“We know you. And you are ours.” The point of a slick tongue traced the inner curve of my ear and I couldn’t squirm away. “Ours.” A parody of a lover, learning my skin until it hovered near the canal and then jammed inside, plugging it closed. A spear of pain erupted behind my eyes, so bright that my body and I denied it even as my back arched off the ground. White brilliance blotted everything away.
      Now, I thought. Now I will lose consciousness and when I wake it will be over . . .
      . . . but I didn’t. Something sucked the pain out of every limb in my body, replacing it with nothing. I felt hollow, strewn across the rug like a broken doll. And yet my relief was so vast my weeping renewed, though my eyes ached and my throat had gone hot and tight.
      A fluke. It had to be a fluke. This weakness that constrained me from rising was the product of a fevered imagination, just like my delusion of being eaten alive by demons. A product of too much reading by candlelight. And that prickly empty sensation, the one that felt like the promise of lightning to come, the one that made me feel that if I so much as twitched the pain would swamp me, clogging every extremity to dreadful surfeit . . . that too was a conjuring, a bad dream.
      But I was not in the habit of deceiving myself. I stared at the sullen embers on the hearth, my cheek painfully pressed against the rug, and knew that something had changed. My disease had grown fangs, teeth . . . and voices. The first two were horror enough, but the latter. . . .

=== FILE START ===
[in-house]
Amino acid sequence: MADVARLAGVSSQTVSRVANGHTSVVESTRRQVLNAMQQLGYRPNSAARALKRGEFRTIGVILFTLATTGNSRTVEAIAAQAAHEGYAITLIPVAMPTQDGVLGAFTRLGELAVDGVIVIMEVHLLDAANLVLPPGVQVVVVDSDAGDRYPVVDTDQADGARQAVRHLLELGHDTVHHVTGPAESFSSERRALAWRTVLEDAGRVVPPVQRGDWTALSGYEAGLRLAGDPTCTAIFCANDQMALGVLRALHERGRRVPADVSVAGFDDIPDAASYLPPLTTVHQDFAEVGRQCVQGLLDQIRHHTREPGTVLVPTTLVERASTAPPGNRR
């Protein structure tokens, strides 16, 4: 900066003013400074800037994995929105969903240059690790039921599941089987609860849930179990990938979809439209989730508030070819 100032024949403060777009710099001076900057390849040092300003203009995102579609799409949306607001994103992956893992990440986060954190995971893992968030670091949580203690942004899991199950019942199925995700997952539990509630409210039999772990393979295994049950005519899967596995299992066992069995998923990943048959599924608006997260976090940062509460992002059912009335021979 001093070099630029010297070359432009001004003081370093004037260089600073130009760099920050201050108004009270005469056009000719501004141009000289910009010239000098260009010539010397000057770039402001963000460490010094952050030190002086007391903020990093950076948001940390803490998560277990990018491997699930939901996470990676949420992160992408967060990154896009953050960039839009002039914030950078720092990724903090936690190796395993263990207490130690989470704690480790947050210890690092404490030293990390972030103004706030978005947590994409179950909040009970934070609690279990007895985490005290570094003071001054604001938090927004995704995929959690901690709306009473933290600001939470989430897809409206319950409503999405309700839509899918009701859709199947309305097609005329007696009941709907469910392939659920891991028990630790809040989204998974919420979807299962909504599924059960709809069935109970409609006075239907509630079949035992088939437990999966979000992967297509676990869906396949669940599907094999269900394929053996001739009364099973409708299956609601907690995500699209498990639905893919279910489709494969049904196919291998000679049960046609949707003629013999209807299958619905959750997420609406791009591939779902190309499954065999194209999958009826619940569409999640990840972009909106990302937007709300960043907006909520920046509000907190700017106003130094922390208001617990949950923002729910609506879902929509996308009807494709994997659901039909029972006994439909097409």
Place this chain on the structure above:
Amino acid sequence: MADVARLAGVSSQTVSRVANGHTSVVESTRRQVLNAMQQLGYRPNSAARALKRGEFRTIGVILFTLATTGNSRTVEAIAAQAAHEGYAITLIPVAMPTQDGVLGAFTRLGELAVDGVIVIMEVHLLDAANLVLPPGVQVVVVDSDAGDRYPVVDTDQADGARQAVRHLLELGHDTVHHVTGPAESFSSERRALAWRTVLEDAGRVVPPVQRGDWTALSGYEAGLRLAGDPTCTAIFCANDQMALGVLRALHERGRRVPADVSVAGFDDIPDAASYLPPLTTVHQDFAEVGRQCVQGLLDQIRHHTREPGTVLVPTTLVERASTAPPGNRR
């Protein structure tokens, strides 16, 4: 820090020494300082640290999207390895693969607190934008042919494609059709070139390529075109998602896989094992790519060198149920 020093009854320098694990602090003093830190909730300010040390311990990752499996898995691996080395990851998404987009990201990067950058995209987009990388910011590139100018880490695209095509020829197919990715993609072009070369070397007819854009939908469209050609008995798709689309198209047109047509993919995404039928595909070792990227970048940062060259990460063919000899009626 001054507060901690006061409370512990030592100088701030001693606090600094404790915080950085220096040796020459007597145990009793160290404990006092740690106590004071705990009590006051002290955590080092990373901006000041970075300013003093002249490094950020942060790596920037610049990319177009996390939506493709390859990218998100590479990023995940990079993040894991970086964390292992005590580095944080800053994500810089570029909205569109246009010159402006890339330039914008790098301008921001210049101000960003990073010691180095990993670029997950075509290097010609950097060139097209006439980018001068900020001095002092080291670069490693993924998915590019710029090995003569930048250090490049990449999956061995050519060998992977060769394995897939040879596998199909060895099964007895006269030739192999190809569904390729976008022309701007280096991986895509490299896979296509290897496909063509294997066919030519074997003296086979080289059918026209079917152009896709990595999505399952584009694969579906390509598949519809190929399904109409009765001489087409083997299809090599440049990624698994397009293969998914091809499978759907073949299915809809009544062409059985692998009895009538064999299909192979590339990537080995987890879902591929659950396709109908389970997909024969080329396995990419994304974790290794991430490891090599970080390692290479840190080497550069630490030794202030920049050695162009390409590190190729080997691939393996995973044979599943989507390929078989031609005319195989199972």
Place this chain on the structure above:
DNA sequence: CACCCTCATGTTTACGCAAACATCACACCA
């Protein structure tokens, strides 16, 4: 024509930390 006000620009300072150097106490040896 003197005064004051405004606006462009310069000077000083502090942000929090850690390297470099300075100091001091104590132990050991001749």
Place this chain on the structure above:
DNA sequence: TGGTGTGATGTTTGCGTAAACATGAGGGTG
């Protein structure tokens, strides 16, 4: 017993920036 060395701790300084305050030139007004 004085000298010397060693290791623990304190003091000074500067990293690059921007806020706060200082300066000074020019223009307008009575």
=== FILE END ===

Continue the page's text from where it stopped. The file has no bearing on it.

I had always feared for my health. But the prospect of going insane was unbearable. As the embers clicked and settled on their way to ash, I struggled to control my breathing, to will strength into limbs gone as limp and weak as wet paper. Could I? I could. I rolled onto my aching knees and trembling wrists. From there I staggered to my feet, grasping wildly for the wall. I caught it before I fell, but my fingers did not have the strength to maintain a grip and I slid almost to my knees before I recovered.
      I stood, but hunched. My clothes clung to my body, sodden with rank sweat. But somehow I reached for a coat and forced myself out to the street to hail a carriage. I couldn’t wait until tomorrow. I had to see a doctor.


This book was me grappling with illness. Can you tell! :,

Anyway…we are already $5 toward our Saturday episode! Another $15, or three reviews, will get us there!

  1. Wow, the descriptions had me gasping for breath, i couldn’t breathe. ack!